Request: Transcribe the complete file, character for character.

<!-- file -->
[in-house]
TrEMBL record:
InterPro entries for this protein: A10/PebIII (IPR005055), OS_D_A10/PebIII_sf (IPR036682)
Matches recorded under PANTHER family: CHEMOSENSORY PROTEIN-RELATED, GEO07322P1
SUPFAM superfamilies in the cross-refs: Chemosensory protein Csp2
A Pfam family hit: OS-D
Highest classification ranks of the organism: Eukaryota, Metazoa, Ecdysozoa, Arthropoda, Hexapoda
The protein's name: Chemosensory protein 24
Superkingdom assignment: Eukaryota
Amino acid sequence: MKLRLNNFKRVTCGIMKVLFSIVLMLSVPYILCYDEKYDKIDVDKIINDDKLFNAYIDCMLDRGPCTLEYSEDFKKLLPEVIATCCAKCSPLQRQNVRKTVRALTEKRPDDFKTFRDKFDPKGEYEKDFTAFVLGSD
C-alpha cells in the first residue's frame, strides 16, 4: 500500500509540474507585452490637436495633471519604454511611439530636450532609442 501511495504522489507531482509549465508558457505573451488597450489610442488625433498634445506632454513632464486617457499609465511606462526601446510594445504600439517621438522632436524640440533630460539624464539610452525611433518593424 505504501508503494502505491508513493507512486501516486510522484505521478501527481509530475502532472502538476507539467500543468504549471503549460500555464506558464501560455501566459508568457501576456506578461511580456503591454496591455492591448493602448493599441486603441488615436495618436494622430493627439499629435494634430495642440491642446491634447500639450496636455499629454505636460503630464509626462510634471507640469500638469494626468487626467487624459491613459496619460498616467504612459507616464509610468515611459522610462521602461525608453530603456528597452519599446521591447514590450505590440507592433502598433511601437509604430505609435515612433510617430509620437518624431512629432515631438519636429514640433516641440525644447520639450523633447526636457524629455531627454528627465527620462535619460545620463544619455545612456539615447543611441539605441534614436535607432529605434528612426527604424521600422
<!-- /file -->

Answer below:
[in-house]
TrEMBL record:
InterPro entries for this protein: A10/PebIII (IPR005055), OS_D_A10/PebIII_sf (IPR036682)
Matches recorded under PANTHER family: CHEMOSENSORY PROTEIN-RELATED, GEO07322P1
SUPFAM superfamilies in the cross-refs: Chemosensory protein Csp2
A Pfam family hit: OS-D
Highest classification ranks of the organism: Eukaryota, Metazoa, Ecdysozoa, Arthropoda, Hexapoda
The protein's name: Chemosensory protein 24
Superkingdom assignment: Eukaryota
Amino acid sequence: MKLRLNNFKRVTCGIMKVLFSIVLMLSVPYILCYDEKYDKIDVDKIINDDKLFNAYIDCMLDRGPCTLEYSEDFKKLLPEVIATCCAKCSPLQRQNVRKTVRALTEKRPDDFKTFRDKFDPKGEYEKDFTAFVLGSD
C-alpha cells in the first residue's frame, strides 16, 4: 500500500509540474507585452490637436495633471519604454511611439530636450532609442 501511495504522489507531482509549465508558457505573451488597450489610442488625433498634445506632454513632464486617457499609465511606462526601446510594445504600439517621438522632436524640440533630460539624464539610452525611433518593424 505504501508503494502505491508513493507512486501516486510522484505521478501527481509530475502532472502538476507539467500543468504549471503549460500555464506558464501560455501566459508568457501576456506578461511580456503591454496591455492591448493602448493599441486603441488615436495618436494622430493627439499629435494634430495642440491642446491634447500639450496636455499629454505636460503630464509626462510634471507640469500638469494626468487626467487624459491613459496619460498616467504612459507616464509610468515611459522610462521602461525608453530603456528597452519599446521591447514590450505590440507592433502598433511601437509604430505609435515612433510617430509620437518624431512629432515631438519636429514640433516641440525644447520639450523633447526636457524629455531627454528627465527620462535619460545620463544619455545612456539615447543611441539605441534614436535607432529605434528612426527604424521600422